The purpose and the limit of this paper is to give an overview of the historical background, the ideology, the organisational structures and the aims of the Hizb ut-Tahrir. Special attention will be paid to its political methodology and its attitude towards violence, which is essential to understand and assess the role of Islamic movements such as Hizb ut-Tahrir Uzbekistan. Due to the government’s crackdown of the party, state propaganda, conflicting media reports lead by internal and external interest groups and the parties own propaganda agenda it is very difficult to find reliable information about the parties involvement in the region. However, the International Crisis Group (ICG)[7] is the trustworthiest source in this aspect since it has a regular and extended coverage of the area and its political situation with a special focus on the Islamic movements. In addition, they have on the spot teams with direct contact to locals which gives them additional credibility. The papers statements regarding the party’s activities in Uzbekistan are thus mostly based on ICG report about Hizb ut-Tahrir in Central Asia.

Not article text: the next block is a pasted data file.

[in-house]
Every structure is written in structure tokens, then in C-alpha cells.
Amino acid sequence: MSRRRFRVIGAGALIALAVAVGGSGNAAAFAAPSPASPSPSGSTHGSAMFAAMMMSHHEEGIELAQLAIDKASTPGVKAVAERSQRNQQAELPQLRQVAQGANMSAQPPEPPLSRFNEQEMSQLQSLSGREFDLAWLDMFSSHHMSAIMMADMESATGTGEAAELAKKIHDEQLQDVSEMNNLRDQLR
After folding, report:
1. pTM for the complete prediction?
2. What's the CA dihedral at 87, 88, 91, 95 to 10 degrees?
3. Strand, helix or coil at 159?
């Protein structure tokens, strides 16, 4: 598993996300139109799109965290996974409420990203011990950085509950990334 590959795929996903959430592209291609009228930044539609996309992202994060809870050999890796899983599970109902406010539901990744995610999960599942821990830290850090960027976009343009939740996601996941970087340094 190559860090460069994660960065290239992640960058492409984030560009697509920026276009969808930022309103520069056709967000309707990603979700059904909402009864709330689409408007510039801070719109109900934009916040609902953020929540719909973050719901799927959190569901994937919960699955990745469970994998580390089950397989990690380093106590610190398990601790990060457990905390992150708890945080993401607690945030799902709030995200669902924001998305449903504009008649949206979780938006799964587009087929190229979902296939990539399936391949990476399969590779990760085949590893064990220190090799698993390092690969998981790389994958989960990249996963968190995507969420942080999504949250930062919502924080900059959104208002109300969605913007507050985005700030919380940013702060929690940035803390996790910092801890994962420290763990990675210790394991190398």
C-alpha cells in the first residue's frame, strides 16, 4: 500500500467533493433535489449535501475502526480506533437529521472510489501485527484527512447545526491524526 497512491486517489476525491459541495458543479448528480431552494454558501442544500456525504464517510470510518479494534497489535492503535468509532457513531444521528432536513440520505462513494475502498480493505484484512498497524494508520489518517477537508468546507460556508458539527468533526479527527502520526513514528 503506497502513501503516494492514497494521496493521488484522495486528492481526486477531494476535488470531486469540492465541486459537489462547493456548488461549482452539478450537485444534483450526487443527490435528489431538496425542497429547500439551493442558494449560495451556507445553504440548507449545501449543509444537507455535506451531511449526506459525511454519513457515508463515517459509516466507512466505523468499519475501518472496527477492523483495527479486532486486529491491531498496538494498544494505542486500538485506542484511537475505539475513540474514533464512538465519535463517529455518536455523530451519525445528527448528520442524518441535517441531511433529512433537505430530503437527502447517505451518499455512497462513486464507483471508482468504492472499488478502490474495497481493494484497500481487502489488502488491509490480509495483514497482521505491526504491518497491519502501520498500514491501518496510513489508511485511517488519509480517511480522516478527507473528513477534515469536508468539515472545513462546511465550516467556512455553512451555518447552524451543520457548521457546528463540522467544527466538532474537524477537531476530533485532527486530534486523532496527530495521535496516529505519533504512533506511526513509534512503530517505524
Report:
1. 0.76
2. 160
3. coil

II. Introduction

1.) The Umma-Concept

“The Fatherland of a Muslim is the place where the Seriat prevails.”

M. Said Halim Pasa, 1917[8]

Traditional Islamic states such as the Ottoman Empire were not based on the nation-state concept but on the Umma concept. The nucleus of the Islamic polity was the religio-political community which the Prophet founded and led in Medina – the “Umma dun al-nas,” the community distinguished from the rest of mankind.[9] The central idea of Islam was of a community of believers regardless of race or language; “Umma” refers to community of brothers in faith. The division between believer and unbeliever became and remained the fundamental division of mankind among the Muslim peoples. The world was divided into “Dar al-Islam,” the House of Islam, and the “Dar al-Harb,” the House of War, or lands under infidel rule. Then religion constituted the basis for one’s individual identity.[10] When the European powers referred for example to “Turkey” and the “Turks”, the Turks considered themselves as Muslims belonging to the “Umma.” They were subjects of the Sultan and the Caliph. Religious affiliation dominated the thinking of the Muslims. It was far more crucial than ethnic or national identity.[11] A trend, which obviously did not prevail during the post-colonial period. The traditional Umma came to a formal end with the abolishment of the Caliphate by Mustafa Kemal Atatürk on the 3rd of March.[12] The practical end was a result of the post-colonial period where Nation states where founded all along the Muslim world following the European example and where the ruling elites fostered the establishment of national identities and allegiance on the expenses of trans-regional and trans-ethnic solidarity of the supranational Muslim community of the Umma.

2.) Islamic Movements in Central Asia: Between Nation and Umma